However, Ludwig repeatedly postponed the wedding date, and finally cancelled the engagement in October. Your cruel father has torn us apart. Eternally yours, Heinrich. Ludwig never married, nor had any known mistresses. It is known from his diary begun in the s , private letters, and other surviving personal documents that he had strong homosexual desires.
Throughout his reign, Ludwig had a succession of close friendships with men, including his chief equerry and Master of the Horse , Richard Hornig — ,  the Bavarian prince Paul von Thurn und Taxis,  the Hungarian theater actor Josef Kainz , and his courtier Alfons Weber b.
https://subsfinohunno.ga Ludwig's original diaries from onward were lost during World War II , and all that remain today are copies of entries made during the plot to depose him. Some earlier diaries have survived in the Geheimes Hausarchiv "secret archives" in Munich, and extracts starting in were published by Evers in After , Ludwig largely withdrew from politics, and devoted himself to his personal creative projects, most famously his castles, for which he personally approved every detail of the architecture, decoration, and furnishing. Ludwig was intensely interested in the operas of Richard Wagner.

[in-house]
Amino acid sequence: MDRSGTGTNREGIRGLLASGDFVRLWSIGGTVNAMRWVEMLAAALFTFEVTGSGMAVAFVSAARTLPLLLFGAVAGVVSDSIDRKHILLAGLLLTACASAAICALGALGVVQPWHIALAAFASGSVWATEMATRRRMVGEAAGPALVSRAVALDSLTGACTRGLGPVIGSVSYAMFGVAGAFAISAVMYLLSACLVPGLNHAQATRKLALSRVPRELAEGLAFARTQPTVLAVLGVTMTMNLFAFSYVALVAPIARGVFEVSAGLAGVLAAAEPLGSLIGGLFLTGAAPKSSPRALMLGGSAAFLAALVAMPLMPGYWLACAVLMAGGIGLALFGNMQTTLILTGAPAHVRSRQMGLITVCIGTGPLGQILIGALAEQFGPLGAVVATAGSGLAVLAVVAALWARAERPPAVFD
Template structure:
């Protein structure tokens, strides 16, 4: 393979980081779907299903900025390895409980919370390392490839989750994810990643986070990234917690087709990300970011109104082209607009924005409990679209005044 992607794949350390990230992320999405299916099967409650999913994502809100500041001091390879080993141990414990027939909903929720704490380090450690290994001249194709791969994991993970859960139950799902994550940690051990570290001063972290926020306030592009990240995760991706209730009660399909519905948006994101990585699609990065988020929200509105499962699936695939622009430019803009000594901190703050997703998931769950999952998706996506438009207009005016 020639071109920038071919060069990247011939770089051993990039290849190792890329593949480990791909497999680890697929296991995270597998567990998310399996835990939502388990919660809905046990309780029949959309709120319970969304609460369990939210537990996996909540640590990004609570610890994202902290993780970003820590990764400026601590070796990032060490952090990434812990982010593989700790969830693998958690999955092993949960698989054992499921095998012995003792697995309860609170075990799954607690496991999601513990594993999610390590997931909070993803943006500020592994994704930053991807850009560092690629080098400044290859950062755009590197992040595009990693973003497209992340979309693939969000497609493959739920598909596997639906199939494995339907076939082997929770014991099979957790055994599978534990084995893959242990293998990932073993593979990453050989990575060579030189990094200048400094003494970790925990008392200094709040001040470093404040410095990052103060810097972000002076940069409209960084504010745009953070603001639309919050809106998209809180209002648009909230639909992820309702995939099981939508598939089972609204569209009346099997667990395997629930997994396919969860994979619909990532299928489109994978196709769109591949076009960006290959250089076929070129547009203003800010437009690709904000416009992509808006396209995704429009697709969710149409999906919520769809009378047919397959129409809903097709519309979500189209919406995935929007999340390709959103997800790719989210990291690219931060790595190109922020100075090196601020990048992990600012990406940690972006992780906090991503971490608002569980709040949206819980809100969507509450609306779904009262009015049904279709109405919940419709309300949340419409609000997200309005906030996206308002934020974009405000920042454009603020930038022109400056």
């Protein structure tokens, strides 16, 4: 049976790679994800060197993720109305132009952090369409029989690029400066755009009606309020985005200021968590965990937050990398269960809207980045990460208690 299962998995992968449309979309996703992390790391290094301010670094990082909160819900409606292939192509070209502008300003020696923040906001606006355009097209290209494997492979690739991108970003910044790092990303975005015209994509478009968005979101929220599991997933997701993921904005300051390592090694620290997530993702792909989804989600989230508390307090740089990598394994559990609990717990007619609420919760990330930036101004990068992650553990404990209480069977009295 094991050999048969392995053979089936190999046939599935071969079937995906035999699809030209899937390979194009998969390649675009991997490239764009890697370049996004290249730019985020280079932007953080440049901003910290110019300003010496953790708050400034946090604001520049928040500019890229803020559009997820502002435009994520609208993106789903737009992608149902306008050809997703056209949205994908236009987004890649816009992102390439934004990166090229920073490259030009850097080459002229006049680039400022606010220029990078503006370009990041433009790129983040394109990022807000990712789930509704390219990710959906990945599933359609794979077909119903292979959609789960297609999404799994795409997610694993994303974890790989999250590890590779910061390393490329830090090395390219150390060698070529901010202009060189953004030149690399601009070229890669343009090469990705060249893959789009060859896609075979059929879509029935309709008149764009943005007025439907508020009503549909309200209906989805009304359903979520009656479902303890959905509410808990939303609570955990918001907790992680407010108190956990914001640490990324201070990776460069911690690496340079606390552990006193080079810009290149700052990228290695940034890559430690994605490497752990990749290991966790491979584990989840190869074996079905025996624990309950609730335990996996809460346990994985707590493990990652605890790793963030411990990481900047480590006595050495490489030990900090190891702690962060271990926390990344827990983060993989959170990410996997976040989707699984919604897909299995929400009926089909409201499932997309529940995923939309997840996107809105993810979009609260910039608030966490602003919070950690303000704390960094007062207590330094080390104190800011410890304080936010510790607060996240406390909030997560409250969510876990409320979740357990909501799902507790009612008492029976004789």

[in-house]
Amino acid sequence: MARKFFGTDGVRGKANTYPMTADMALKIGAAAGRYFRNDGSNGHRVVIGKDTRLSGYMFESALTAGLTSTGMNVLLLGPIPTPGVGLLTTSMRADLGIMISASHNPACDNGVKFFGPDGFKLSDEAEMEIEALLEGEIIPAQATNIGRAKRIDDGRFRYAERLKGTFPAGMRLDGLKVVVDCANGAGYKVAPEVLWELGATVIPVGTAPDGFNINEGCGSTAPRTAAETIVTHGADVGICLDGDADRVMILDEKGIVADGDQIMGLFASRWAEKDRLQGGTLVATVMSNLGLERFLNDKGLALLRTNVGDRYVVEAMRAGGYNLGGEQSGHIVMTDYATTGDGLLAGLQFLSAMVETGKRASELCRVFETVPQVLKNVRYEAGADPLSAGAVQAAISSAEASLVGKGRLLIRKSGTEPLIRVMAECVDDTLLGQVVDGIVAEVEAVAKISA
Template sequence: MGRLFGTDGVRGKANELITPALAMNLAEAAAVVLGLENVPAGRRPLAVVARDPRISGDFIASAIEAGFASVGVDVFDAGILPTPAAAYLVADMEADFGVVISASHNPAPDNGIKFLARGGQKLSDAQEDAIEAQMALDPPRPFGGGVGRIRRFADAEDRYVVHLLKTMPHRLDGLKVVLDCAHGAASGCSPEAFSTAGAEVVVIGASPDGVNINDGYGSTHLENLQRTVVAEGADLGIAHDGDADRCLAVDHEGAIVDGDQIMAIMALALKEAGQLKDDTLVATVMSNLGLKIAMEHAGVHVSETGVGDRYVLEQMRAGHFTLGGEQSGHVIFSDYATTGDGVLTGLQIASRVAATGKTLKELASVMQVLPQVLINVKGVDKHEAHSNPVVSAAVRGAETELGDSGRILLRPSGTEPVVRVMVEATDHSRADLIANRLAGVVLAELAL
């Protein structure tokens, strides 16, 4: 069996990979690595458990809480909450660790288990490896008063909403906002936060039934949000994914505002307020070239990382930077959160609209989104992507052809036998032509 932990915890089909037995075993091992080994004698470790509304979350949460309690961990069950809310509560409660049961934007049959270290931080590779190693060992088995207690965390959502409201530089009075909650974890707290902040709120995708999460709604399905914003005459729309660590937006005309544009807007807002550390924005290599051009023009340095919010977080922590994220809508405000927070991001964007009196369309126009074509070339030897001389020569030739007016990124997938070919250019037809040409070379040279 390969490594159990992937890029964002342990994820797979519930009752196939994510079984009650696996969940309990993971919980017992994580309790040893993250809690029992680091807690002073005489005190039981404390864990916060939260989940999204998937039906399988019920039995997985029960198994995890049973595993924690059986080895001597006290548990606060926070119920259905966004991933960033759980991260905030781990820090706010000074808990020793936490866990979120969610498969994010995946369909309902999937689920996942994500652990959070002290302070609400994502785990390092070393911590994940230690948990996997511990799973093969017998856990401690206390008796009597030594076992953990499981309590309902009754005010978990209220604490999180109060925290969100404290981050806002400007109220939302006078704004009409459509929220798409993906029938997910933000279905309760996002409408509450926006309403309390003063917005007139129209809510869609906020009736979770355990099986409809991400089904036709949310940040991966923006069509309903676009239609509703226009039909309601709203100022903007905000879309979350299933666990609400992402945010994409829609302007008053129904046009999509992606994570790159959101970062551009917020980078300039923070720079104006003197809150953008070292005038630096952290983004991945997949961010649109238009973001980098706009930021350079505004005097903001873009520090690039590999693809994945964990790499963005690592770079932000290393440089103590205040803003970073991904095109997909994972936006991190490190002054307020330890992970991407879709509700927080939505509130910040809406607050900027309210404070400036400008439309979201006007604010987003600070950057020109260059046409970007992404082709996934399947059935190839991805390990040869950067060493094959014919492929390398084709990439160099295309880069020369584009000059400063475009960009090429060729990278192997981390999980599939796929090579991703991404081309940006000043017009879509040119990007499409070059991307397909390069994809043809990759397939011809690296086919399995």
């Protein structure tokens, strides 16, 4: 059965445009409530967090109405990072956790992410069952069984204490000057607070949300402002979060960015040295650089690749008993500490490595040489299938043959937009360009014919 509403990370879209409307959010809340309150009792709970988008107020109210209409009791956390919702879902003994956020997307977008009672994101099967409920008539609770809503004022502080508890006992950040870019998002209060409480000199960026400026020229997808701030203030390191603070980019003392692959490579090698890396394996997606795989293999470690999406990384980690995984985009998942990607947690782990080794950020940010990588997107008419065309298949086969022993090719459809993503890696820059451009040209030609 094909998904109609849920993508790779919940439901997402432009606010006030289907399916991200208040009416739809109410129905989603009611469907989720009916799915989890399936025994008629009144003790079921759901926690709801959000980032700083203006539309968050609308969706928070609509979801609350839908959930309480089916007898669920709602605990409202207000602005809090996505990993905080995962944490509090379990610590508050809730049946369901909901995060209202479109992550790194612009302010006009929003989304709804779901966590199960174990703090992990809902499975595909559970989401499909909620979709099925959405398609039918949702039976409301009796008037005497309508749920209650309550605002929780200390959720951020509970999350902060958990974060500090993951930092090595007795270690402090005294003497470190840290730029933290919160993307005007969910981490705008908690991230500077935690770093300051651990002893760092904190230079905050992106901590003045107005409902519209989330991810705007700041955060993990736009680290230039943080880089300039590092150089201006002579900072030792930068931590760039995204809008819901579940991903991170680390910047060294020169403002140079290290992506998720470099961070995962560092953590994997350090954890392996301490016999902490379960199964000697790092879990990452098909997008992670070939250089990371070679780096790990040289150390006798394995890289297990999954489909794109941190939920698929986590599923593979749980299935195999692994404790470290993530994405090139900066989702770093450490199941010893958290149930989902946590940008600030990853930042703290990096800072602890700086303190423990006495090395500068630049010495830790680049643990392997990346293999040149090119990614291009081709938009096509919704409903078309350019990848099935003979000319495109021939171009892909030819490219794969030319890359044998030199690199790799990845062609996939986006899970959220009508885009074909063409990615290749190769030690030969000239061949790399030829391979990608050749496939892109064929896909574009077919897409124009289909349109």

Wagner's operas appealed to the king's fantasy-filled imagination. Wagner had a notorious reputation as a political radical and philanderer, and was constantly on the run from creditors. Without Ludwig, it is doubtful that Wagner's later operas would have been composed, much less premiered at the prestigious Munich Royal Court Theatre now the Bavarian State Opera. A year after meeting the King, Wagner presented his latest work, Tristan und Isolde , in Munich to great acclaim. However, the composer's perceived extravagant and scandalous behaviour in the capital was unsettling for the conservative people of Bavaria, and the King was forced to ask Wagner to leave the city six months later, in December Ludwig provided the Tribschen residence for Wagner in Switzerland.
Wagner completed Die Meistersinger there; it was premiered in Munich in Wagner, however, was now planning his great personal opera house at Bayreuth. Ludwig initially refused to support the grandiose project.